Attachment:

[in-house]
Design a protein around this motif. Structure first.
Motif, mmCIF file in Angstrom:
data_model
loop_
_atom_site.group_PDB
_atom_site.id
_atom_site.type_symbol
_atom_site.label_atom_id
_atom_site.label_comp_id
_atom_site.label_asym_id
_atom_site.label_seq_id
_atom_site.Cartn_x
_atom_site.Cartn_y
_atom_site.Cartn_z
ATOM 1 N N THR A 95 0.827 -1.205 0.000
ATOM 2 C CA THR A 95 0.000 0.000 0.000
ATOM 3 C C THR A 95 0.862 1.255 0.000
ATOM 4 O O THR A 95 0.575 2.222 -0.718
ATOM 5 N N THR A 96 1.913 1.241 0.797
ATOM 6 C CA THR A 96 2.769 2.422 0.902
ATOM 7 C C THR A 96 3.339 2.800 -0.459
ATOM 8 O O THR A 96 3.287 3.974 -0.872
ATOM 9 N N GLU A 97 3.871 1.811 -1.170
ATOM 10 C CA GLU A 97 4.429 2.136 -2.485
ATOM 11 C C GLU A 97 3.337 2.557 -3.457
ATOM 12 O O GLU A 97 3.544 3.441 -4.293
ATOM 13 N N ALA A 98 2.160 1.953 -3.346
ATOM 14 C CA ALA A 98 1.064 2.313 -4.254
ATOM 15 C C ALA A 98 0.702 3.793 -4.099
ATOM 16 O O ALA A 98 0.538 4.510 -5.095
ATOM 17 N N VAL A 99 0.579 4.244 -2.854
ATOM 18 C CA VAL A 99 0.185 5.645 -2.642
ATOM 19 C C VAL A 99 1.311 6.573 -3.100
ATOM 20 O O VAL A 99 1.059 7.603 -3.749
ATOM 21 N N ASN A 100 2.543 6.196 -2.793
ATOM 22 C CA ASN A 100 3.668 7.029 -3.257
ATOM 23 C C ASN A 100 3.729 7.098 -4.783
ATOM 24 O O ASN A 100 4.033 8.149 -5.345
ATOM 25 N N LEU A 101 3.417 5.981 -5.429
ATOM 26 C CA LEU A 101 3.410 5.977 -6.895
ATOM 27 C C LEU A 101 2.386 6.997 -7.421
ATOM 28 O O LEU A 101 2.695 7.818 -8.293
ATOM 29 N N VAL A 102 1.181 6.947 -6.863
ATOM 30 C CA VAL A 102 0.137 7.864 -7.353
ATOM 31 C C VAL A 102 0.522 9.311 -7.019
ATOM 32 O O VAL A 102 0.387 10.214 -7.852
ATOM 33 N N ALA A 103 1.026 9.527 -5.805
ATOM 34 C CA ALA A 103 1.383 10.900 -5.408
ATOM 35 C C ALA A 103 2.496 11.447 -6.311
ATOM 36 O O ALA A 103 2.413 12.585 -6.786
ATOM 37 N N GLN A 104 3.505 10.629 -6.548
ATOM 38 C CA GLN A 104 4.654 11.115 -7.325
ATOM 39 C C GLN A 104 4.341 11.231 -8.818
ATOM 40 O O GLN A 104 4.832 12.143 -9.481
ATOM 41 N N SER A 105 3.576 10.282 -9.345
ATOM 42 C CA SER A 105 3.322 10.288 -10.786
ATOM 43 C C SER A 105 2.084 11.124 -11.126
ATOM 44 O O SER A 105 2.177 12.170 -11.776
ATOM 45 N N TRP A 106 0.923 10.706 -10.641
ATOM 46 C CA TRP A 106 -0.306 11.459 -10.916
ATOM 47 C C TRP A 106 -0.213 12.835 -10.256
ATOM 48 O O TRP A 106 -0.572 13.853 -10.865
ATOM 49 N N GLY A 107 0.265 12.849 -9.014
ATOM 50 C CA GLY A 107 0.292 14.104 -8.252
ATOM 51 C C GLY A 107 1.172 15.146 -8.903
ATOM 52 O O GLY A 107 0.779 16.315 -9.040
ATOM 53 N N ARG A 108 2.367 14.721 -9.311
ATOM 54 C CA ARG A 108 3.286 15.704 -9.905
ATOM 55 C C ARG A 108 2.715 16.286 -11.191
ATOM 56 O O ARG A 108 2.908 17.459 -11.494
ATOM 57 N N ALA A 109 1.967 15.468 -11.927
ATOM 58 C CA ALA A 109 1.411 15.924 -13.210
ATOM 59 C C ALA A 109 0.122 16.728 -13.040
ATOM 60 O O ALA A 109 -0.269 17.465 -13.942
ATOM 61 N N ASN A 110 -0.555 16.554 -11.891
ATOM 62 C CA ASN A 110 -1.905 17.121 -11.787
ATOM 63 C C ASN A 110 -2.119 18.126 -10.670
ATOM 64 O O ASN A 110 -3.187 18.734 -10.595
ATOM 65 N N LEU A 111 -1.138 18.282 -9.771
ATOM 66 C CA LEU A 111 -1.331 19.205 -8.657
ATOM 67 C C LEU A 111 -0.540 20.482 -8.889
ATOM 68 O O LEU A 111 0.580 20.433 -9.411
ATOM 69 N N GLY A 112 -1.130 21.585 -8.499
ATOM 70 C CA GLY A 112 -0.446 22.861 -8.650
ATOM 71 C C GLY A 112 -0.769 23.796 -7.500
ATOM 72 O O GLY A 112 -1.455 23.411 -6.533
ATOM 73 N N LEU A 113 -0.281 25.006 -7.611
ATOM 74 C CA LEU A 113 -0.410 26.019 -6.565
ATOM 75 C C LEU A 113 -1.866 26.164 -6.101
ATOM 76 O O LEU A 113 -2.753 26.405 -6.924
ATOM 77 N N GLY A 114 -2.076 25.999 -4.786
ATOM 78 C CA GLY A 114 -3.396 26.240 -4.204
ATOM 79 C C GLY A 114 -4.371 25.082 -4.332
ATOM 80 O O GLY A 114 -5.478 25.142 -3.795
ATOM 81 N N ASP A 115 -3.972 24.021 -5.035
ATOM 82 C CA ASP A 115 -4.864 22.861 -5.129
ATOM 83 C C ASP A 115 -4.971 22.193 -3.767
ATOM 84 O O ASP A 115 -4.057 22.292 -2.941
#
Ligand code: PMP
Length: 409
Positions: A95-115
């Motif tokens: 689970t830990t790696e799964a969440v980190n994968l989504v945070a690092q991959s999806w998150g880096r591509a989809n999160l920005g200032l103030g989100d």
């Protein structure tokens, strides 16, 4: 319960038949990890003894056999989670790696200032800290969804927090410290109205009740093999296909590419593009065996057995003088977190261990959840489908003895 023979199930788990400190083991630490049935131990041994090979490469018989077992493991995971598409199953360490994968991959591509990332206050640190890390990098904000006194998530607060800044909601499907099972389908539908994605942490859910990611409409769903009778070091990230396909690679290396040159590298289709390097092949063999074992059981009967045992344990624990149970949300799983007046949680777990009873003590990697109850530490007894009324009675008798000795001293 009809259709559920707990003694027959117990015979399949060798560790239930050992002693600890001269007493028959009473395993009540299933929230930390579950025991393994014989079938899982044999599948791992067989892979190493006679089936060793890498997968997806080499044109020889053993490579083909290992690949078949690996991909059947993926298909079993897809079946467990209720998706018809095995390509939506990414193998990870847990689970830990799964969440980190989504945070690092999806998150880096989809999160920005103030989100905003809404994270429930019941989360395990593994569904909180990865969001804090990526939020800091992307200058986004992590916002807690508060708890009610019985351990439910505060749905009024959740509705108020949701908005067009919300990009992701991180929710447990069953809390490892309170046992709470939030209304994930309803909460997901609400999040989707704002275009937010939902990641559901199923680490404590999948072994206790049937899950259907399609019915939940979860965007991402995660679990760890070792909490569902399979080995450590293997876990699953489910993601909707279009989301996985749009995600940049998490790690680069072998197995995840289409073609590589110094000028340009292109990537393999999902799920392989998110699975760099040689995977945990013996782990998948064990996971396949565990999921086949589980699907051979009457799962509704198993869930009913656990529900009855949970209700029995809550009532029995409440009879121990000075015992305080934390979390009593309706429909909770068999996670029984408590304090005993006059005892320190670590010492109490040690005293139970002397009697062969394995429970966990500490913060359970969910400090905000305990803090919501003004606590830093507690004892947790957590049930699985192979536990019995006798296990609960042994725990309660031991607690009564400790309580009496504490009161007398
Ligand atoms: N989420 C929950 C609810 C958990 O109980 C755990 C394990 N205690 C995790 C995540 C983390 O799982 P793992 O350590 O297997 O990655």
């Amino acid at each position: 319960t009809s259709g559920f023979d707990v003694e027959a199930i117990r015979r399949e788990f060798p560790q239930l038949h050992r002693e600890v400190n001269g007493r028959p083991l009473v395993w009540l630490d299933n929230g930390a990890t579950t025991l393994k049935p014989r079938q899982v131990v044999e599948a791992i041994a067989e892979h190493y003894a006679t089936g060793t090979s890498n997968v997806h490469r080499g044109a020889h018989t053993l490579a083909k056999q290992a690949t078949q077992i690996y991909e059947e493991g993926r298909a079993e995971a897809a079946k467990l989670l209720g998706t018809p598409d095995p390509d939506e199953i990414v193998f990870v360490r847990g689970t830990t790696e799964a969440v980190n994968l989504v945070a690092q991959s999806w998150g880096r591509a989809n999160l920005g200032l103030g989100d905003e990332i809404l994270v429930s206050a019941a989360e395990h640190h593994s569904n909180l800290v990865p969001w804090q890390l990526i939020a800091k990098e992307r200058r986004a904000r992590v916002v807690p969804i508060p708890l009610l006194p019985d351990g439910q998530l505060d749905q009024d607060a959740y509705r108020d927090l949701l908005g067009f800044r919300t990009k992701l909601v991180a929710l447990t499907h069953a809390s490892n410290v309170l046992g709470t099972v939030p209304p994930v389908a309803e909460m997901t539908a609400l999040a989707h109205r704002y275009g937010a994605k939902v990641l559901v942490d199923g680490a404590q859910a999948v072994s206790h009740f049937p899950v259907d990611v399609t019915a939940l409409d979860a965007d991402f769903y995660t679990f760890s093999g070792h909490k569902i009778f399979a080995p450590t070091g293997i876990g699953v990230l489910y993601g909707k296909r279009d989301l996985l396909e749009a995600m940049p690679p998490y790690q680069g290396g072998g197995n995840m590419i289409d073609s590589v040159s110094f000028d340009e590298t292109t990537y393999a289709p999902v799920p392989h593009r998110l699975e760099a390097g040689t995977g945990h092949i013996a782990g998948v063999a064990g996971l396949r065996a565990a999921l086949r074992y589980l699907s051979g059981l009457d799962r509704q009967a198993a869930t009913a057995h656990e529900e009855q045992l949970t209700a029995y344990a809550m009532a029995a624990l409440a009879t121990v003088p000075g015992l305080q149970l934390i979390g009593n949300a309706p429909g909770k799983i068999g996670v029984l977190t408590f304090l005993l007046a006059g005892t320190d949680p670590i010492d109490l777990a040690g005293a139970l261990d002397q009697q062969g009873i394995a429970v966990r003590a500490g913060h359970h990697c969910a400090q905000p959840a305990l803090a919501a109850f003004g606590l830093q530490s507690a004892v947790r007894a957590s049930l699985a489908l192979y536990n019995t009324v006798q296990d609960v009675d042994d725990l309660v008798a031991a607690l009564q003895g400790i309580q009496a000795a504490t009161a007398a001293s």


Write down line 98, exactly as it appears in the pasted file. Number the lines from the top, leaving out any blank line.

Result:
ATOM 83 C C ASP A 115 -4.971 22.193 -3.767